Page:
Sunday, November 27, 2005

The Duel of the Acronyms


It's hard to imagine a more unlikely fight than the one brewing between Voice of America and National Public Radio, yet here we have it. From Spiegel Online.

The Berlin frequency 87.9 FM has been in American government hands since the end of World War II. But the frequency is now up for renewal and venerated US public broadcaster National Public Radio is mounting serious competition for the government propaganda channel. The battle has exposed the ugly underbelly of the Bush Administration's public relations strategy.

At first glance, the cause of the controversy seems pedestrian enough. The radio frequency 87.9 is up for grabs in Berlin and there are a number of aspirants hoping to take it over. Radio business as usual. Yawn.

But what would normally be a boring procedural matter become a struggle for the image of the United States abroad. The 87.9 FM frequency in Berlin is currently in the hands of Voice of America (VOA), the US government sponsored station that broadcasts in dozens of countries around the world.

With VOA's license coming up for renewal, a new hat has been thrown into the ring. National Public Radio (NPR), the respected US public news and entertainment broadcaster, is hoping to take over the slot on the Berlin FM dial. But VOA isn't letting go without a fight -- and it has powerful supporters.

"The frequency 87.9 was always the American station," said Ingeborg Zahrnt of the Medienanstalt Berlin-Brandenburg, the organization that has the final say in the matter and will likely announce its decision in early December. "Of course the US government wants Voice of America to be awarded the frequency. It's their radio station. It's a question of how you present yourself as a country."

In recent years, the US has allowed its 87.9 FM outpost on the Berlin airwaves to languish. Today, it's a skeleton of the station that once brought jazz, American literature and daily news to a divided city. On Aug. 4, 1945, just months after Soviet forces marched into the city on behalf of the Allied forces, Washington began broadcasting the American Forces Network (AFN) in the German capital. The station -- of which many Berliners still have fond memories -- provided an important democratic voice that could be heard on both sides of the Berlin Wall.

But the fall of the Wall in 1989 led to a waning US military presence in Europe and diminished interest on the part of the US government in sponsoring radio in Europe. Since 1997, the 87.9 frequency has been used to provide a dwindling number of listeners a few minutes of VOA news every hour with the rest of the 60 minutes taken up by rock-music station Star FM.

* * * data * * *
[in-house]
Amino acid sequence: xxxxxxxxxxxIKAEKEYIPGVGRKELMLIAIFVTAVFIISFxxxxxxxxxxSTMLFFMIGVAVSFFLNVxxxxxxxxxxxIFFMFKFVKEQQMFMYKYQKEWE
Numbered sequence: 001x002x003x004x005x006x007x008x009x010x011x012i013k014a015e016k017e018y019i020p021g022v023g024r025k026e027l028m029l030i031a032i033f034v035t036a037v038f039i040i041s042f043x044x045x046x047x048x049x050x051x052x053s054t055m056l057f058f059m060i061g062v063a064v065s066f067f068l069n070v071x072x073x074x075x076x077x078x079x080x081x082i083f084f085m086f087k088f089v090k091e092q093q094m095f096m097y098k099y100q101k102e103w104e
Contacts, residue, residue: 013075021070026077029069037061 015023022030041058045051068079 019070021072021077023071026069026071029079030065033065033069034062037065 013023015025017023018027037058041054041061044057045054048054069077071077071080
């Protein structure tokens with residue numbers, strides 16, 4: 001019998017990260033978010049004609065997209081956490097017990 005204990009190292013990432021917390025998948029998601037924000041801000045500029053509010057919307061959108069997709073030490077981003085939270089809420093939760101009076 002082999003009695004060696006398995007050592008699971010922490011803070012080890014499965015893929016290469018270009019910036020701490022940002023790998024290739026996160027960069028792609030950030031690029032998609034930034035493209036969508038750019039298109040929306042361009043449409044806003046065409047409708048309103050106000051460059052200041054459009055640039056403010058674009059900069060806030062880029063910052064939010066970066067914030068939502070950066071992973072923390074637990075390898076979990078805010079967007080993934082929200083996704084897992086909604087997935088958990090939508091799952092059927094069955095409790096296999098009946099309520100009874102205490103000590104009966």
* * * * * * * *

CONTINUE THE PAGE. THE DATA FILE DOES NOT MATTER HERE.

VOA's neglect has apparently not limited US zeal to hang on to the frequency, though. Critics say the US government acts as if it owns the 87.9 slot and, while Zahrnt insists that official pressure on her organization has been kept to a minimum ("It's not like Bush has called up or anything!") she does admit, "there are those in the government who we talk with, of course."

But the pressure is there -- not only on officials here in Berlin, but also on NPR. In addition to emphasizing the US government's decades-long presence on the Berlin airwaves, the Bush administration -- or at least its political appointees heading up the Corporation for Public Broadcasting in Washington -- has been on the war path against National Public Radio. The Corporation for Public Broadcasting, which funnels tax dollars into public television and radio broadcasters in the US, has significantly cut the amount allocated to NPR. Earlier this year the corporation's board also told staff it should consider redirecting money away from NPR news programs and toward music programs.
[Emphasis added]

Keep in mind that one Mr. Tomlinson, who recently resigned as CEO of the Coporation for Public Broadcasting under pressure because of an investigation into his illegal moves to make the public airwaves more conservative, did not resign from his post as Chairman of the Board of CPB. He still has the clout, shored up by the other conservative Bush appointees, to run the CPB into the ground.

That said, I find it ludicrous that the VOA, now a mere shell of what it was during its anti-communism days, wants to fight over this piece of turf. After all, three minutes of VOA propaganda and fifty-seven minutes of canned rock music is hardly worth the effort or the expense. I think a better way to show Berliners that Americans are basically decent folks with a sense of humor would be to air regular episodes of "Car Talk," along with "A Prairie Home Companion," "This American Life," "Fresh Air," and "The Splendid Table."

Those shows would sure beat the heck out of speechifying by the likes of Condi Rice and Dick Cheney if we really wanted to improve our image.

Now if the Berliners will just call the appropriate agency and suggest that NPR replace VOA...


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